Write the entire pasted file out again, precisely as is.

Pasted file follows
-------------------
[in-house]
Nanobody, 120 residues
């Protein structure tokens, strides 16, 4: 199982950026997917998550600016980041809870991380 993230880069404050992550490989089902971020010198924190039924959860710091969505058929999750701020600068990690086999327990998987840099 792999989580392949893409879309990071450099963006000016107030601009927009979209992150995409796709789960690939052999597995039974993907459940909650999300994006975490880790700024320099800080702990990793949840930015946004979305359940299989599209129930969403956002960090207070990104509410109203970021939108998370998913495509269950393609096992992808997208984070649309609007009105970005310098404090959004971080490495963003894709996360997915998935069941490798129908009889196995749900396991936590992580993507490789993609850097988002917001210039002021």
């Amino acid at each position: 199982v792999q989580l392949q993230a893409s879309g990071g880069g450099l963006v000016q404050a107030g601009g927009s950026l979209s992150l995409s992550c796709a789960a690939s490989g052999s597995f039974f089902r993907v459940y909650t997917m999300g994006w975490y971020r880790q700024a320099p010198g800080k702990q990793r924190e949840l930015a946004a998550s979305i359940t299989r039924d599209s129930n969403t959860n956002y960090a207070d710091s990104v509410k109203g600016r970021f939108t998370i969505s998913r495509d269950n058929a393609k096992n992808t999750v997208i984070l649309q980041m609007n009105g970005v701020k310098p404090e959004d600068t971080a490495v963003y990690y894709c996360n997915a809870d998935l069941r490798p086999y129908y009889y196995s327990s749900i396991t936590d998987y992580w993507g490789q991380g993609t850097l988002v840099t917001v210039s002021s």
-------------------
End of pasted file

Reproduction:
[in-house]
Nanobody, 120 residues
């Protein structure tokens, strides 16, 4: 199982950026997917998550600016980041809870991380 993230880069404050992550490989089902971020010198924190039924959860710091969505058929999750701020600068990690086999327990998987840099 792999989580392949893409879309990071450099963006000016107030601009927009979209992150995409796709789960690939052999597995039974993907459940909650999300994006975490880790700024320099800080702990990793949840930015946004979305359940299989599209129930969403956002960090207070990104509410109203970021939108998370998913495509269950393609096992992808997208984070649309609007009105970005310098404090959004971080490495963003894709996360997915998935069941490798129908009889196995749900396991936590992580993507490789993609850097988002917001210039002021």
């Amino acid at each position: 199982v792999q989580l392949q993230a893409s879309g990071g880069g450099l963006v000016q404050a107030g601009g927009s950026l979209s992150l995409s992550c796709a789960a690939s490989g052999s597995f039974f089902r993907v459940y909650t997917m999300g994006w975490y971020r880790q700024a320099p010198g800080k702990q990793r924190e949840l930015a946004a998550s979305i359940t299989r039924d599209s129930n969403t959860n956002y960090a207070d710091s990104v509410k109203g600016r970021f939108t998370i969505s998913r495509d269950n058929a393609k096992n992808t999750v997208i984070l649309q980041m609007n009105g970005v701020k310098p404090e959004d600068t971080a490495v963003y990690y894709c996360n997915a809870d998935l069941r490798p086999y129908y009889y196995s327990s749900i396991t936590d998987y992580w993507g490789q991380g993609t850097l988002v840099t917001v210039s002021s």